Pirate's Alley, New Orleans
william faulkner spent his early life near oxford mississippi and moved to new orleans in 1925. faulkner was awarded a nobel prize for literature in 1949 and two pulitzer prizes for his novels "a fable" and "reivers". in all william faulkner wrote twenty one novels and scores of short stories many of which were written at this location. today the faulkner house is home to faulkner books and is open to the public. for those interested in american literature this is a must see spot.
New Orleans is an easy place to get married, several people offer elopments. My father does weddings at Pirates Alley. So far he has done over 50 weddings there in 2004 some for people as far away as the United Kingdom. He can be contacted at his Fig Street Weddings web page below.
Legend surrounds this narrow street next to the St. Louis Cathedral in the French Quarter, named after Jean Lafitte and his Baratarian pirates who helped Andrew Jackson defeat the British in 1815 at the Battle of New Orleans.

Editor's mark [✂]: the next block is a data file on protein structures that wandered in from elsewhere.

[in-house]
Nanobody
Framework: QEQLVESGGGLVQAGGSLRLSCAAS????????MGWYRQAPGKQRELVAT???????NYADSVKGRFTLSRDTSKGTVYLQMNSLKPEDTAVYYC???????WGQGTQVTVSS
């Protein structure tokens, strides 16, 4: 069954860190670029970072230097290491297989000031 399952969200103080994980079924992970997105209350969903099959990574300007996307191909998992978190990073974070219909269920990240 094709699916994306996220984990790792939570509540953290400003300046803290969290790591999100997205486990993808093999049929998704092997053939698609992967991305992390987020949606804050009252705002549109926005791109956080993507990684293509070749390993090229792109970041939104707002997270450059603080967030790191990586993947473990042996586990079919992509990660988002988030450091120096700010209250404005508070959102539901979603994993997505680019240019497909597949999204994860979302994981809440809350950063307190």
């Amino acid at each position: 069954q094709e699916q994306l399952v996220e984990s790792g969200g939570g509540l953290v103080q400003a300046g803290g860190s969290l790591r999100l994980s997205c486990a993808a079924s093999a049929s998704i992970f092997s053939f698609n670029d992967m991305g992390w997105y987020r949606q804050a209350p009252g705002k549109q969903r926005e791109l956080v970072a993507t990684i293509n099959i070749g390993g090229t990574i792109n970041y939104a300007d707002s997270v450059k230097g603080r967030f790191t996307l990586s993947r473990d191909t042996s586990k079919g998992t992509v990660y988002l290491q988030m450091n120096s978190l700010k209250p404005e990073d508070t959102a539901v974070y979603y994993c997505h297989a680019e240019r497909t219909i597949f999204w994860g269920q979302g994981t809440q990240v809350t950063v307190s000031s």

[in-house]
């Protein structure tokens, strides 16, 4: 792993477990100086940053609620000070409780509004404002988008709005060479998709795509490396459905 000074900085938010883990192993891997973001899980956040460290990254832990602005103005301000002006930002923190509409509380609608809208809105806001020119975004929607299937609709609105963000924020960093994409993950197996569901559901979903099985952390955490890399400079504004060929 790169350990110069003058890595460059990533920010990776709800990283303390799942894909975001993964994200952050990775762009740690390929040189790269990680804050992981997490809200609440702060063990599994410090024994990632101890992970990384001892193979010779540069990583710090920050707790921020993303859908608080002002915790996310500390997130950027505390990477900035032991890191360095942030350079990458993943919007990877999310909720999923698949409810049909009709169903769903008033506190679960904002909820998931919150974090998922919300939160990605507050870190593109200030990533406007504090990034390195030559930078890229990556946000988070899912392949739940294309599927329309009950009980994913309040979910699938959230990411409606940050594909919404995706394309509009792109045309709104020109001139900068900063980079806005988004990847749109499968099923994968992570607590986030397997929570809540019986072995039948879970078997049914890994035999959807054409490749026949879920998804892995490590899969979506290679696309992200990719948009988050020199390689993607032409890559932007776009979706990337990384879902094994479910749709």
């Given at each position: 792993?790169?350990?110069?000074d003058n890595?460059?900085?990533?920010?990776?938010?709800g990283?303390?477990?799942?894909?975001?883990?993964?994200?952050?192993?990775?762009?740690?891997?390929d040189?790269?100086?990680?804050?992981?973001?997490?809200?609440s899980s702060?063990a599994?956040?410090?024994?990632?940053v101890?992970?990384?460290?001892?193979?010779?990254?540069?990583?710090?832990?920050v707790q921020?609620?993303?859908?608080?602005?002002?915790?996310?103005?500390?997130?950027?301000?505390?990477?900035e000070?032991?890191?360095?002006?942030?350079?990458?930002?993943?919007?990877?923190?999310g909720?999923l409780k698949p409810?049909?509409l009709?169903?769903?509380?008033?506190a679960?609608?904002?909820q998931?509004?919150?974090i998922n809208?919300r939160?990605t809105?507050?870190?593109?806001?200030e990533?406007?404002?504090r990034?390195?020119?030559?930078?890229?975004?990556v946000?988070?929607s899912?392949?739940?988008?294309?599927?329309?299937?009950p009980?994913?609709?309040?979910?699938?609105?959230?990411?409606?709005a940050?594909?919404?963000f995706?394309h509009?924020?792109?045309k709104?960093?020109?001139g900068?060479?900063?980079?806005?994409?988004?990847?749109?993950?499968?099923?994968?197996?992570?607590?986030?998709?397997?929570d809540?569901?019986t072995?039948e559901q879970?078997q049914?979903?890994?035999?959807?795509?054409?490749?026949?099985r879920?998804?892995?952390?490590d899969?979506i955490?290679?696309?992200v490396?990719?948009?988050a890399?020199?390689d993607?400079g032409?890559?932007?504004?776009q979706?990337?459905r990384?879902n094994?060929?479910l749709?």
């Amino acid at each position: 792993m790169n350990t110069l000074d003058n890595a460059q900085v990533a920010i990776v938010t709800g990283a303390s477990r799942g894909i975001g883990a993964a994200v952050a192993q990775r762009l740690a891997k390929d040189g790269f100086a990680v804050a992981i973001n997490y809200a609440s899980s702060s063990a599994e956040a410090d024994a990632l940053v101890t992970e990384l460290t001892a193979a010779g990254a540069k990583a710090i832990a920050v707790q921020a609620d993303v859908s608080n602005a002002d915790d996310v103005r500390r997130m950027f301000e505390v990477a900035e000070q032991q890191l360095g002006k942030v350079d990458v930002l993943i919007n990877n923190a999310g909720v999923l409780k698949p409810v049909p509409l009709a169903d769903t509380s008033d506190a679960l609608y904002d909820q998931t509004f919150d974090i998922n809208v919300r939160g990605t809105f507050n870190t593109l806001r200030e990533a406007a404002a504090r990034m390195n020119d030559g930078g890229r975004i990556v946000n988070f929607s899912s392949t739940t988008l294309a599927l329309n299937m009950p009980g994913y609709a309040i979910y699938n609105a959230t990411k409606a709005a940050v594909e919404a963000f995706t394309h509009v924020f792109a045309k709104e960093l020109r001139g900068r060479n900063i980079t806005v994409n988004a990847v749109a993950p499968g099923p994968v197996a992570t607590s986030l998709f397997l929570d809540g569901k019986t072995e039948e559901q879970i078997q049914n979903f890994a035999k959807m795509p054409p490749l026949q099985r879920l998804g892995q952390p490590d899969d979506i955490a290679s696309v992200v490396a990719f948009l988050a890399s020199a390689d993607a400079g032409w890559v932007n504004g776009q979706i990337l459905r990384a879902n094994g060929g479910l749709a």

Today it is mostly reknown for its other historically famous resident, American author and Nobel Laureate, William Faulkner.
Pirate's Alley is a street that has many stories and legends associated with it. It is claimed that it was once a haven for pirates and that it was a place where slaves were sold. Couldn't tell you if either is true, but it does make for good stories.
In the picture on the right is the famous St. Louis Cathedral. On the left, is the Cabildo (the Old Spanish Governor's Mansion), right behind the Cabildo was where the Spanish Dungeon was located. The lamppost demarcates the intersection of Cabildo Alley. The lampost is pretty famous in local artwork.